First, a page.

Although she occasionally ducks into the nest box area, Antiki now spends most of her time practicing her flying flying skills outside.

We have switched the camera view of the San Diego Zoo Safari Park’s Condor Cam. Our faithful viewers have been able to watch our California condor chick, Antiki, hatch and grow in her nest box, but now they can view her out in her flight pen with her parents, father Sisquoc and mother Shatash, because she’s taken the next exciting step in her development—Antiki has fledged!

Fledging is the process in which a young bird leaves the nest. We consider a California condor chick to be fledged when they can fly to the higher perches in the pen—approximately 10 feet off the ground. When condor chicks fledge, they tend to be around 140 or 150 days old. The youngest bird to fledge here at the Safari Park was 123 days old. Antiki flew for the first time at 156 days of age.

Our condor nest boxes are elevated; they’re on the second floor of the condor breeding facility. The nests have one entrance that leads to the roost area. The entrance has an 18-inch barrier at the base to prevent young hatchlings from wandering out of our camera’s view. This barrier also provides exercise for the chick when it is big enough to start jumping up onto the barrier. The roost area is open to the flight pen and has a ledge that is about eight feet off of the ground. There is a five-inch-diameter pole leaning from the ground to the ledge; we call this the “pole ladder.” The condors can walk up or down this pole ladder to get to or from the nest. They can, of course, fly to the nest as well if they desire.

For a few weeks, Antiki was able to walk down the pole ladder to start exploring the flight pen. She would watch Sisquoc and Shatash eat, sometimes begging for them to feed her, sometimes playing tug-of-war trying to take food from them. She also got to drink from the pool for the first time. She would climb up onto an eight-foot-tall stump perch and up into the olive tree in the pen. She started to spend the night out in the pen, perched up in the tree, under the watchful eyes of her parents.

We still had not seen her actually fly to any of the perches, though, until September 13. That morning, after being warmed by the sun, she took a short flight from the olive tree to join Sisquoc on one of the 10-foot-tall perches. After that, she could deftly fly from perch to perch like a pro! Since that morning, Antiki spends the majority of the time out in the pen, sometimes returning to sit in the shade of the roost.

When condor chicks fledge in the wild, it can be a long process as well. They will often walk around the mouth of their nest cave, hopping about, testing their wings. They may hop or climb into nearby shrubs or trees to get a better vantage point. Very seldom do chicks just spring forth from their nest into the wild blue yonder. They usually need to exercise and develop their abilities before embarking on such a dangerous venture. Mom and dad are always present to escort or protect the chicks. Parent condors can be very vigilant and defensive of their chicks. After all, much energy and many resources went into producing just this one chick, so they try very hard to ensure success for their only nestling. One pair of condors in California actually chased a black bear away from their nest!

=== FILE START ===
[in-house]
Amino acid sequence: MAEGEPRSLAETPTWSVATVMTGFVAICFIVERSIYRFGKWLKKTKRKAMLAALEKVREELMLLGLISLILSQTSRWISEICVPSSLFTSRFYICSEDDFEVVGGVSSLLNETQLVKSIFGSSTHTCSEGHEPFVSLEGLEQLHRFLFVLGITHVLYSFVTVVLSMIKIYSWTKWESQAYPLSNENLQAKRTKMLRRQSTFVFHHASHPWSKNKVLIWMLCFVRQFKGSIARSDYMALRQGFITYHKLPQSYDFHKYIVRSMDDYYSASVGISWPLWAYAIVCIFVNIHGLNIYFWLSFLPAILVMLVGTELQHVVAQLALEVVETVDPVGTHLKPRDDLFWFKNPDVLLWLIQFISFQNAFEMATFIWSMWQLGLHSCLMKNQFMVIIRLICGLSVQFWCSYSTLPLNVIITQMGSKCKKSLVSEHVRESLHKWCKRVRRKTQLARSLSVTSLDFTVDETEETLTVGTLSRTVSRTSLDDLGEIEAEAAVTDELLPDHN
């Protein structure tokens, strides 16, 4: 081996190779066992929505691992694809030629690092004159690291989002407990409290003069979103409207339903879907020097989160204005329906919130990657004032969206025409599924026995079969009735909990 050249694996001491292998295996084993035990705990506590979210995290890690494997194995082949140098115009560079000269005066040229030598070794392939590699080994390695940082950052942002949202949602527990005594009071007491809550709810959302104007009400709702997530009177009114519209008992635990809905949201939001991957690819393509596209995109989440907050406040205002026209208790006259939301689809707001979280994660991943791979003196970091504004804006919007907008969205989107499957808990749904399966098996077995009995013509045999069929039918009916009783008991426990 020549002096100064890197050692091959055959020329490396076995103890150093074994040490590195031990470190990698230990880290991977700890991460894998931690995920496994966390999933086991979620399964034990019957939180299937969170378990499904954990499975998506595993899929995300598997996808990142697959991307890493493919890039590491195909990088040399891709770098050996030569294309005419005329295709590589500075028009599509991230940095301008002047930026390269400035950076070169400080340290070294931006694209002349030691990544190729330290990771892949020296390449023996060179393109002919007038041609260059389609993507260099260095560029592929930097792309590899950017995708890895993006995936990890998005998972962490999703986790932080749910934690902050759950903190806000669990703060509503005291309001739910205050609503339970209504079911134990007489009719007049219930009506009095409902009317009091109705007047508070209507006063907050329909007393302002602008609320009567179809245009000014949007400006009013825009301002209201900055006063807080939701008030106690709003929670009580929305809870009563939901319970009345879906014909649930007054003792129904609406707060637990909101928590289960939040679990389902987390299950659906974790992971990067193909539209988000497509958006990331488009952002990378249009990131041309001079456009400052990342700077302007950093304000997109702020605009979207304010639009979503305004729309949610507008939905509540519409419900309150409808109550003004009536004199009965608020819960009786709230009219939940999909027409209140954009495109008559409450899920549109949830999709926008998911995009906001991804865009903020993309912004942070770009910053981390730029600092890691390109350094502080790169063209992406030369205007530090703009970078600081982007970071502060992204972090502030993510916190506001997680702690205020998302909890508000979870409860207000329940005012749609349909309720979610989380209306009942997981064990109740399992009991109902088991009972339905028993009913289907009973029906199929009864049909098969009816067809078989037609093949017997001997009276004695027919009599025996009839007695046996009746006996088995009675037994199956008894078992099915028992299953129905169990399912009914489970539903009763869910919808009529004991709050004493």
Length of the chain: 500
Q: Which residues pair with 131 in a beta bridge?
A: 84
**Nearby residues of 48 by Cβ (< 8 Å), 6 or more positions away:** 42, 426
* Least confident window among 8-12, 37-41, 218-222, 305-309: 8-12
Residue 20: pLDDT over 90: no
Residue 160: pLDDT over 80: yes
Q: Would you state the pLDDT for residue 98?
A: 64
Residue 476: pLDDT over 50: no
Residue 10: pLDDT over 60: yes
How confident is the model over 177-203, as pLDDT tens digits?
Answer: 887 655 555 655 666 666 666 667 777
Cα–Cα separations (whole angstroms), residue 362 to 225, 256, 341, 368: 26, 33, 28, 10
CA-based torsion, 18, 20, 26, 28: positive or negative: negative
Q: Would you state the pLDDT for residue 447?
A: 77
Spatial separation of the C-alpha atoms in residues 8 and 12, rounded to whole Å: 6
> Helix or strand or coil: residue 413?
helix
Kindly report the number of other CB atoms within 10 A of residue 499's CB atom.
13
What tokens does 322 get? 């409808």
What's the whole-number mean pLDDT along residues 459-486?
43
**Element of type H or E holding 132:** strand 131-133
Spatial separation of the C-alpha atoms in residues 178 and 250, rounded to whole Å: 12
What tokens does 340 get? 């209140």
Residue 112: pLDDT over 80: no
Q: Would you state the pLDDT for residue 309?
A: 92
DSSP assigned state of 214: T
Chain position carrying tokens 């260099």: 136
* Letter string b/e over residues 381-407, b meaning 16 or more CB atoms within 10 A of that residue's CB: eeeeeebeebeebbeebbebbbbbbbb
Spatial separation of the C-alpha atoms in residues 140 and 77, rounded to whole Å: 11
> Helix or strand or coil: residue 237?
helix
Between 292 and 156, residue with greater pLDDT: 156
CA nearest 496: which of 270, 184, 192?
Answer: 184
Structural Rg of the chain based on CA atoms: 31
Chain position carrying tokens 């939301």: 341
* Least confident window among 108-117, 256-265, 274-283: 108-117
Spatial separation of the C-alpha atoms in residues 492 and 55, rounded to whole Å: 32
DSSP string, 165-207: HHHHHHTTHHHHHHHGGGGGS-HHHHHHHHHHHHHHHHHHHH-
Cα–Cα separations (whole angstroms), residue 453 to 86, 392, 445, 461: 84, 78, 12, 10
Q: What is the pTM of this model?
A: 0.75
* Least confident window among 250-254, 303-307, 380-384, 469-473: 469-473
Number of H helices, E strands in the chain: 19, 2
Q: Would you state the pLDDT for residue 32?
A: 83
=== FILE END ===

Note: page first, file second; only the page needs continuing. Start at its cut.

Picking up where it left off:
With this new camera view, you’ll be able to see the roost area, most of the perches in the pen, the feeding area (shift pen), shade areas created by plants, and the pool. The view is wide, so detail is a bit harder to discern. Also, we do minimal maintenance in the pen, so the pen has lots of plant growth and dried food (animal carcasses) in it. We limit our activities in/near chick pens so as not to expose Antiki to humans, thus desensitizing her to our presence. We have found that chicks raised in isolation from humans tend to be more successful once they are released to the wild. The flight pen won’t look as nice as an exhibit you might see at the Safari Park or the Zoo, but Sisquoc and Shatash prefer it that way, if it means we stay away from their precious chick!

If, by chance, you don’t see Antiki out in the pen, she could be resting in the shade of the roost, or she may have hopped back into the nest box. This is completely normal. The adult condors do the same thing. Just give her a little time; she’ll come back out into view later. We have a great volunteer staff that moves the camera for the nest box view, but we keepers move the camera when it is the pen view. We’ll do our best to zoom in to give you a good view of her when we can, but we are not always near the camera controls as we are also taking care of the other condors.

So what’s next for Antiki? She’ll stay in the pen with her parents for a little while longer. She is still learning from them. In the wild, condor chicks stay with or around their parents for up to 18 months. We don’t let them stay that long here at the Park. If we did, the next breeding season would probably be compromised; the presence of the fledgling may prevent the parents from breeding the next year, or the parents may act aggressively towards the chick if they try to nest again. Sometime in this fall, Antiki will be removed from her parents, so they can prepare for the next breeding season. She will be introduced to other birds her age in a group with an adult bird that acts as a behavioral mentor. In the meantime, it will be decided whether she will be a candidate for release to the wild (and where) or held for the captive breeding program. I’ll keep you informed when this happens. Until then, please continue to keep checking in on our big girl.